Dan Goldhaber, director of the CALDER Center at the American Institutes for Research, and Polikoff are among the “experts,” urging educators to make test score data a much larger focus of conversations with parents. Polikoff sees separation between parents and the nation’s education scholars as part of a larger anti-testing movement that started brewing long before the pandemic. The pandemic pause on state assessments and accountability sparked a renewed push to limit the number of tests and try different models.

“There’s just very close to zero constituencies advocating for tests or that they matter,” Polikoff said. Republicans “want only unfettered choice” while the left is not defending the usefulness of tests “to ensure educational quality or equity.” He says the backlash against testing has come “at the worst possible time given the damage that’s actually been done.”

Polikoff and his USC team recently published a report, based on interviews with 42 parents over the past two+ years:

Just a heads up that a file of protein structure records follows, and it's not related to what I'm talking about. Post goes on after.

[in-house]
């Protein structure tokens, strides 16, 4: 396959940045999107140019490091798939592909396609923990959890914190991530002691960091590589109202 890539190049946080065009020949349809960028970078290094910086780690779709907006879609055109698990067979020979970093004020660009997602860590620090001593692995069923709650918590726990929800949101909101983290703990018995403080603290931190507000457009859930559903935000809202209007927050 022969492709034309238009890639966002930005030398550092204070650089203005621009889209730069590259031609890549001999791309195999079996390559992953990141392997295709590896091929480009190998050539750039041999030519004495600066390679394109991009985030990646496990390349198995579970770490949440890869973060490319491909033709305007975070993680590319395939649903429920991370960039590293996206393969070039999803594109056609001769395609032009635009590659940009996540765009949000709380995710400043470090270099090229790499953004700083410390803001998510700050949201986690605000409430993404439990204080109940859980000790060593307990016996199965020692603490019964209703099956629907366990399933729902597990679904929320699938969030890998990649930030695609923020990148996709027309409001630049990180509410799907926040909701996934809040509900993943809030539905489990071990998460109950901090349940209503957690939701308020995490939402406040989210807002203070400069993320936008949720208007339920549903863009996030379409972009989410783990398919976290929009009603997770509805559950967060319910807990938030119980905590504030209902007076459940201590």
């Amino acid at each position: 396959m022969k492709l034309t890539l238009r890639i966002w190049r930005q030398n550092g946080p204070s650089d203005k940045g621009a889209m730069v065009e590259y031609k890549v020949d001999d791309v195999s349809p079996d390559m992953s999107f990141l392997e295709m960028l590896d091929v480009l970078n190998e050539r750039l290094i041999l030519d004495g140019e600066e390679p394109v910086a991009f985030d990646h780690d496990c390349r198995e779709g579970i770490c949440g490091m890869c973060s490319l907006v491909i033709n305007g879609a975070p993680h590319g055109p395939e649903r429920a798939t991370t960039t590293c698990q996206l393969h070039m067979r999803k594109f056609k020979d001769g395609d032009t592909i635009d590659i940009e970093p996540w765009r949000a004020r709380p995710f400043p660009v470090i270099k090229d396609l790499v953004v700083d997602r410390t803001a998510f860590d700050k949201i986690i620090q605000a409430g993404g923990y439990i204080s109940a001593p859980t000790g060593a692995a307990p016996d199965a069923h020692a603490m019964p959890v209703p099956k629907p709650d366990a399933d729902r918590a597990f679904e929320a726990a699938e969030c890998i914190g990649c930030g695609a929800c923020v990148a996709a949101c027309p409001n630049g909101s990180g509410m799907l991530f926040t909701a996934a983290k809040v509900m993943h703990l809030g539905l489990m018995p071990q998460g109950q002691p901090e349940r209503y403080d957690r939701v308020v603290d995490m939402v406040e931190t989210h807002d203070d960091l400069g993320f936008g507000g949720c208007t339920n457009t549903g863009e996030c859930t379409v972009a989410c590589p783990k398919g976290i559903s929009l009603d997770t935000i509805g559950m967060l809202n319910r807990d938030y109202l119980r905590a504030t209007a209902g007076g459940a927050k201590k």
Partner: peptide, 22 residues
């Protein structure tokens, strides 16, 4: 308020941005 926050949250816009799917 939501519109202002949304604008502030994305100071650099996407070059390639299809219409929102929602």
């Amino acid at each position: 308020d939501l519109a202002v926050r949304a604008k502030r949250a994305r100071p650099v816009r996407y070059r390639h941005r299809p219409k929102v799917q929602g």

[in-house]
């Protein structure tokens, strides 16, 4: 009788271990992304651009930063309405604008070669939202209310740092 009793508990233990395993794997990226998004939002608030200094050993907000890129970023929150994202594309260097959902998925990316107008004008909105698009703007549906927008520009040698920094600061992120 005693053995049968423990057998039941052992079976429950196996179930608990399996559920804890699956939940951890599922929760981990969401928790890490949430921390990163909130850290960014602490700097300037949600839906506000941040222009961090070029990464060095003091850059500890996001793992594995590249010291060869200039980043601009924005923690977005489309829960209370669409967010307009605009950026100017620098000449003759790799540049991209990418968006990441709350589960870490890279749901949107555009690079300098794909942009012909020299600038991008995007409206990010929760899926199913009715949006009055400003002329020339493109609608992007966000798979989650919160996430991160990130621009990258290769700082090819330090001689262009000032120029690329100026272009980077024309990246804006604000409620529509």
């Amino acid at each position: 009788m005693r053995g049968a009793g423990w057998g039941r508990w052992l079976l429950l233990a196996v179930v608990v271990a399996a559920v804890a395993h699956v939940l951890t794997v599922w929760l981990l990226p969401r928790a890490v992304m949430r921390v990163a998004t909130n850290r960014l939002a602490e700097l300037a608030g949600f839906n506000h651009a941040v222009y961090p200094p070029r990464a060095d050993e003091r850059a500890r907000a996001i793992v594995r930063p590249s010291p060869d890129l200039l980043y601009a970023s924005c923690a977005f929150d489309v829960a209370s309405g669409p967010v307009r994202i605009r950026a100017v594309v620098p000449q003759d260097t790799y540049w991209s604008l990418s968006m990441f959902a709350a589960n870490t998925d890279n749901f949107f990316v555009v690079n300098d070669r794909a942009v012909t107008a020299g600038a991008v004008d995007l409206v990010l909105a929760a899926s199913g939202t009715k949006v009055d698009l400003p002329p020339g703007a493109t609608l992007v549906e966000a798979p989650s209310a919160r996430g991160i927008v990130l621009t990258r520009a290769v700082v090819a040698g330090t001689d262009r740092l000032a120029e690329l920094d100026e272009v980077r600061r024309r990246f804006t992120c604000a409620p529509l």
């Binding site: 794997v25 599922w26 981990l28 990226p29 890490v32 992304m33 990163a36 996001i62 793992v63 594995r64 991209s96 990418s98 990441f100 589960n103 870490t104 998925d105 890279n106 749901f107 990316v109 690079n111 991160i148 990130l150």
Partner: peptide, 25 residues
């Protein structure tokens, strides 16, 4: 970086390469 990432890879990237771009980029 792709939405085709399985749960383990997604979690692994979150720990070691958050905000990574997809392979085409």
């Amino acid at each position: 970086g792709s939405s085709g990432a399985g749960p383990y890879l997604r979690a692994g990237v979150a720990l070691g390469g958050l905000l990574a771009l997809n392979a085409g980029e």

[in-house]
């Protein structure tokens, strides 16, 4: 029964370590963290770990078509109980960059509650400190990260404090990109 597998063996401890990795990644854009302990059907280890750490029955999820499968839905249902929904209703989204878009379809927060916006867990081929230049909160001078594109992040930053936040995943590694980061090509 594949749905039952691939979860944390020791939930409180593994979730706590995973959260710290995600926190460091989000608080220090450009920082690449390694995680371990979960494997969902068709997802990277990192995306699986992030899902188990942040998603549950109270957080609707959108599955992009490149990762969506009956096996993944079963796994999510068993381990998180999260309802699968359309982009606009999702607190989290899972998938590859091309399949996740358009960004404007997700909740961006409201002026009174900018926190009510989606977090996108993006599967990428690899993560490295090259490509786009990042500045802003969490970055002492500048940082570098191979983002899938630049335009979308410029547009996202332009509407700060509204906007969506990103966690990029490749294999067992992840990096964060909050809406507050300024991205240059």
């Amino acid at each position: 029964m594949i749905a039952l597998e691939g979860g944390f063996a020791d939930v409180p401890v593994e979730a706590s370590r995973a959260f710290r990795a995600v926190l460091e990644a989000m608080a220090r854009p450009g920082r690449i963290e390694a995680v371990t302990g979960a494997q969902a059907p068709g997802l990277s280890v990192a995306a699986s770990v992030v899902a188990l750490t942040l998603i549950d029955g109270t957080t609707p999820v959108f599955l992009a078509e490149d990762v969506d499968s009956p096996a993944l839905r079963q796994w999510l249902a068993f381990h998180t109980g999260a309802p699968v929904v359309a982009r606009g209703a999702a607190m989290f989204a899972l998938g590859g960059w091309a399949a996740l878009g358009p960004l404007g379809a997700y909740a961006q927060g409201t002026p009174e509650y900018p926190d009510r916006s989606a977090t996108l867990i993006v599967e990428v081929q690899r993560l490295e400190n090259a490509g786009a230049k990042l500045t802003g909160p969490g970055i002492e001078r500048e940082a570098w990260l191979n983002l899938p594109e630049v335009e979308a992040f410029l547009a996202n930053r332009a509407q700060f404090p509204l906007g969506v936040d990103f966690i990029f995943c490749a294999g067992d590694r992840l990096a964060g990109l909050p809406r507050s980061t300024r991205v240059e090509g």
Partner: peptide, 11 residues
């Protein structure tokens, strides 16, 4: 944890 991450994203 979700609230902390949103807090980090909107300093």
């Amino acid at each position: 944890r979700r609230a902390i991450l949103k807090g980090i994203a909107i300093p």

“One of the clearest findings from our interviews is that caretakers, when making judgments about students’ performance, overwhelmingly rely less on standardized test scores than they do grades, other school-reported measures of student progress, and their own observations of their children’s work and work ethic.” (Page 15)

“A final insight our data provides into the parent-expert disconnect is that caretakers often, and very explicitly, noted that children are resilient.” (Page 20)

Observation and Conclusion

Noel Wilson’s famous 1997 peer-reviewed article, Educational Standards and the Problem of Error fundamentally states the error involved in educational testing is so great that validity is compromised. In other words, standardized tests are not refined enough to make more than great generalizations. They are bunk for measuring learning or teaching.

Clearly people like Professors Polikoff and Goldhaber believe in these tools. It is likely they embrace testing because they are good at math and strongly desire tools that provide clear, unbiased conclusions. Unfortunately, they have grabbed onto an illusion.

Parents are correct when they say “children are resilient.” What students and schools need now is to be left alone to do their job. The COVID pandemic was traumatic for us all and it may take two or even three years for student recovery. They will, unless we continue mindlessly over-testing and forcing some sort of academic acceleration.

Profiteers see this as a business opportunity. Protect the children and let kids be kids.

They will be fine!